The Supreme Court reversed the trial court, observing that a prosecutor is unconstitutionally prohibited from exercising his or her discretion to bring a criminal charge with the aim of punishing the lawful exercise of a defendant's right to appeal and found that "the prosecutor's decision to bring 104 additional indictments for aggravated felonious sexual assault after the defendant had exercised his right to appeal the original conviction on the three original indictments raises a presumption of vindictiveness." In response to the State's argument that a presumption of vindictiveness should not arise where the defendant did not receive a harsher sentence, the Court held that it was sufficient that "the prosecutor's charging decision had subjected the defendant to a significantly increased sentence" rather than whether or not he had, in fact, received a harsher sentence. On the critical question of whether the prosecutor overcame the presumption of vindictiveness, the Court ruled that he had not because the prosecutor "acknowledged that in charging the defendant with the additional 104 counts, he relied on information he had known prior to the first trial." As a result, the Court reversed and remanded for a third trial, holding that the facts of the case "demonstrated a realistic likelihood of vindictiveness." What a debacle! What a waste of judicial resources! There will be three trials required to convict this vile defendant, and all because of the shenanigans of a wrong-headed prosecutor.

Hughes v. DiSalvo, decided May 25, 1999, involved conflicting interpretations of the Consumer Protection Act, RSA 358-A. The issue was whether an isolated sale of real property by the owner was subject to the Consumer Protection Act. In this case, the plaintiff, the owner of property in New Hampton which she occupied as her primary residence, moved away from the property and began renting it to a succession of tenants under a lease and sales agreement. The present defendant tenant failed to pay rent and the plaintiff sued for recovery of the unpaid rent. The defendant filed a counter-claim, alleging that the plaintiff had violated the Consumer Protection Act. The defendant requested a jury trial and received judgment in his favor!! The Supreme Court reversed, noting that the Consumer Protection Act applies to the "conduct of any trade or commerce" and held that under the Act's definition of "trade" or "commerce", the plaintiff was not in the business of renting or selling residential property. The Court ruled that "isolated sales of property by an owner are not subject to the Consumer Protection Act," and it "[d]eclined to hold homeowners, such as the plaintiff, who personally sell their homes directly or through lease and sale agreement arrangements are liable under the Consumer Protection Act."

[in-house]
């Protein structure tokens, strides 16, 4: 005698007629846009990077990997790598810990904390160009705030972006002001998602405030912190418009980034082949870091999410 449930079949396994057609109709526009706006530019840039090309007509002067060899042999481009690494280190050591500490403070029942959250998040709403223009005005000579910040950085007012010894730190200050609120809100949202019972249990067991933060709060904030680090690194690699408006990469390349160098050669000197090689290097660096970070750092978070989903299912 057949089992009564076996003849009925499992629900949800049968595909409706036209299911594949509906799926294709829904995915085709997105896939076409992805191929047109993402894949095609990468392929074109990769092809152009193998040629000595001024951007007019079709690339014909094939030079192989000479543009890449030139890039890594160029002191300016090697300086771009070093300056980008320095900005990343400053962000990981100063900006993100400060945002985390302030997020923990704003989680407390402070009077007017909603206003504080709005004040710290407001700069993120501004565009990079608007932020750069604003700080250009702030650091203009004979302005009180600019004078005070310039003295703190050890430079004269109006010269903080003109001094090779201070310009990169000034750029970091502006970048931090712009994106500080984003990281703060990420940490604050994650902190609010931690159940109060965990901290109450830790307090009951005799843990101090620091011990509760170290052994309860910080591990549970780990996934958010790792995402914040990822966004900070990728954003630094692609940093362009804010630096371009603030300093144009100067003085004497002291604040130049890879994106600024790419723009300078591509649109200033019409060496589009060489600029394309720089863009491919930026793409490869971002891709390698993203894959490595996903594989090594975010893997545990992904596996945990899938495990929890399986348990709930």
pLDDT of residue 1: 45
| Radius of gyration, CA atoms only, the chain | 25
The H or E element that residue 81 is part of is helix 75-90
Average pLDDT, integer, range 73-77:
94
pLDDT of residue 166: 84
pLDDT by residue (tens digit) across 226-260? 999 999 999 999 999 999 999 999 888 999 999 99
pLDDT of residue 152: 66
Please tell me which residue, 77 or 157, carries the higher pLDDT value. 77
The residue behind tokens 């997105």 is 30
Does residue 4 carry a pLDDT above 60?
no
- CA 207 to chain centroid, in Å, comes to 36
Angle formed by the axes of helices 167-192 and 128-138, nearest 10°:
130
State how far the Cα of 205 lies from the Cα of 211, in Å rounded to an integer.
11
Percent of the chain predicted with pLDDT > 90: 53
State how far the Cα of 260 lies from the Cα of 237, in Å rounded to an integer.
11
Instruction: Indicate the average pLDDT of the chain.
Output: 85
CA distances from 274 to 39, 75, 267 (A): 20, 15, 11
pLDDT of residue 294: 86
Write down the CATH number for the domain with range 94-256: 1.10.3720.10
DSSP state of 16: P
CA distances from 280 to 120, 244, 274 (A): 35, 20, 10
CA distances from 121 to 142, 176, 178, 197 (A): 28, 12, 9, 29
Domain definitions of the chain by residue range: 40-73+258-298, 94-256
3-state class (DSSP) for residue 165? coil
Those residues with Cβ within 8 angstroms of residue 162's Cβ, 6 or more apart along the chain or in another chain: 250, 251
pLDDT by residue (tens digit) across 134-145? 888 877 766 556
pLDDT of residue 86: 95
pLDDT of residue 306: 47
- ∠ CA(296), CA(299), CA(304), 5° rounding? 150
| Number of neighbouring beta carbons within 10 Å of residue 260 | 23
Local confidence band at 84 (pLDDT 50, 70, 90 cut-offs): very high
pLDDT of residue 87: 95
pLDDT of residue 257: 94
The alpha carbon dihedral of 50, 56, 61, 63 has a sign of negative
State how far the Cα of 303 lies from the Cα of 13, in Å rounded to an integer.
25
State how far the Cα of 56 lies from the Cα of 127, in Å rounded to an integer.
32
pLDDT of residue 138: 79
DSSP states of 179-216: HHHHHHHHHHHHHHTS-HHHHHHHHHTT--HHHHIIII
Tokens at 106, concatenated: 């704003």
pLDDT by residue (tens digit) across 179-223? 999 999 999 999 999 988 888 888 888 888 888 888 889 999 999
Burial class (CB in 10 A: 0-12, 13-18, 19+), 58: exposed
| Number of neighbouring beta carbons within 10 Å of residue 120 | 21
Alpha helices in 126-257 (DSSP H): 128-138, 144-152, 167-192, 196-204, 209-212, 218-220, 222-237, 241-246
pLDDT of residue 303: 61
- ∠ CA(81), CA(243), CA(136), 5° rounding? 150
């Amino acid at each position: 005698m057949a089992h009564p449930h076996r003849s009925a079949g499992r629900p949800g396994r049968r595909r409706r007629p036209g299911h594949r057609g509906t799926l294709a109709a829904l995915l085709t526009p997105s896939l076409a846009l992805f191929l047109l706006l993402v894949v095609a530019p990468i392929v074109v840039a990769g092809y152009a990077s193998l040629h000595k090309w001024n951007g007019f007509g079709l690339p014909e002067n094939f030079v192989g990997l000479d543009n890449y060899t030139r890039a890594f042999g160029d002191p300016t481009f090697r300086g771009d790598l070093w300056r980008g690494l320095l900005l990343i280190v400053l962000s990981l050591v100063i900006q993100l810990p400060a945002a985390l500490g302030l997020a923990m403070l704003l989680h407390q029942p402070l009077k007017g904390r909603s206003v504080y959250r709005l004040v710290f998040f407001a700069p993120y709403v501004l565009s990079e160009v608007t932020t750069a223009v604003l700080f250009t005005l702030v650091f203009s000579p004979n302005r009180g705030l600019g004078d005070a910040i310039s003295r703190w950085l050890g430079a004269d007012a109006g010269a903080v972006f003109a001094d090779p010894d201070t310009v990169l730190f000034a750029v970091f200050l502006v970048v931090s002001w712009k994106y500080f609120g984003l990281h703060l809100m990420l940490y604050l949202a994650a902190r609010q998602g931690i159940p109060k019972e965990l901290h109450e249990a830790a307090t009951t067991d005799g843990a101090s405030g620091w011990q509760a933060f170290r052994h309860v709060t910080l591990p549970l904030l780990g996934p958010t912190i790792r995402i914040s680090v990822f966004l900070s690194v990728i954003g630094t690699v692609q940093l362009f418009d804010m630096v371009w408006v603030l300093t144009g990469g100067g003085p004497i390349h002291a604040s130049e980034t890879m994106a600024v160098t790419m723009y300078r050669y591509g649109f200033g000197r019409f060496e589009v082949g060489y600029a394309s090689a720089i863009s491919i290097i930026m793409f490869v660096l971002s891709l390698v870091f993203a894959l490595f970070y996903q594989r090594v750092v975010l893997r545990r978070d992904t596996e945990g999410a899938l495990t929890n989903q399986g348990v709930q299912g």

As zoning laws are adopted by most of our cities and towns and a longer history develops under zoning restrictions, the author prophesizes that the issue of the extent of the permissible expansion of non-conforming uses will become a growing subject of controversy. When a zoning ordinance is adopted or amended, leaving a non-permitted use in a zoning district zoned for different uses, an expectable tension arises between the interest of the owner in the continuation of the non-conforming use, on the one hand, and the interest of neighbors and abutters who often have diametrically opposed use expectations, on the other. In a very important non-conforming use case, Hurley v. Hollis, decided May 25, 1999, the Supreme Court split 3-2 over the issue before it. The majority opinion, written by Justice Broderick, speaking for himself, Justice Johnson and Justice Thayer, established a very tight and restrictive rule which should substantially limit the expansion of non-conforming uses in our state. The majority held that in conducting a non-conforming use inquiry, the Court must consider: (1) the extent the use in question reflects the nature and purpose of the prevailing nonconforming use; (2) whether the use at issue is merely a different manner of utilizing the same use or constitutes a use different in character, nature, and kind; and (3) whether the use will have a substantially different effect on the neighborhood.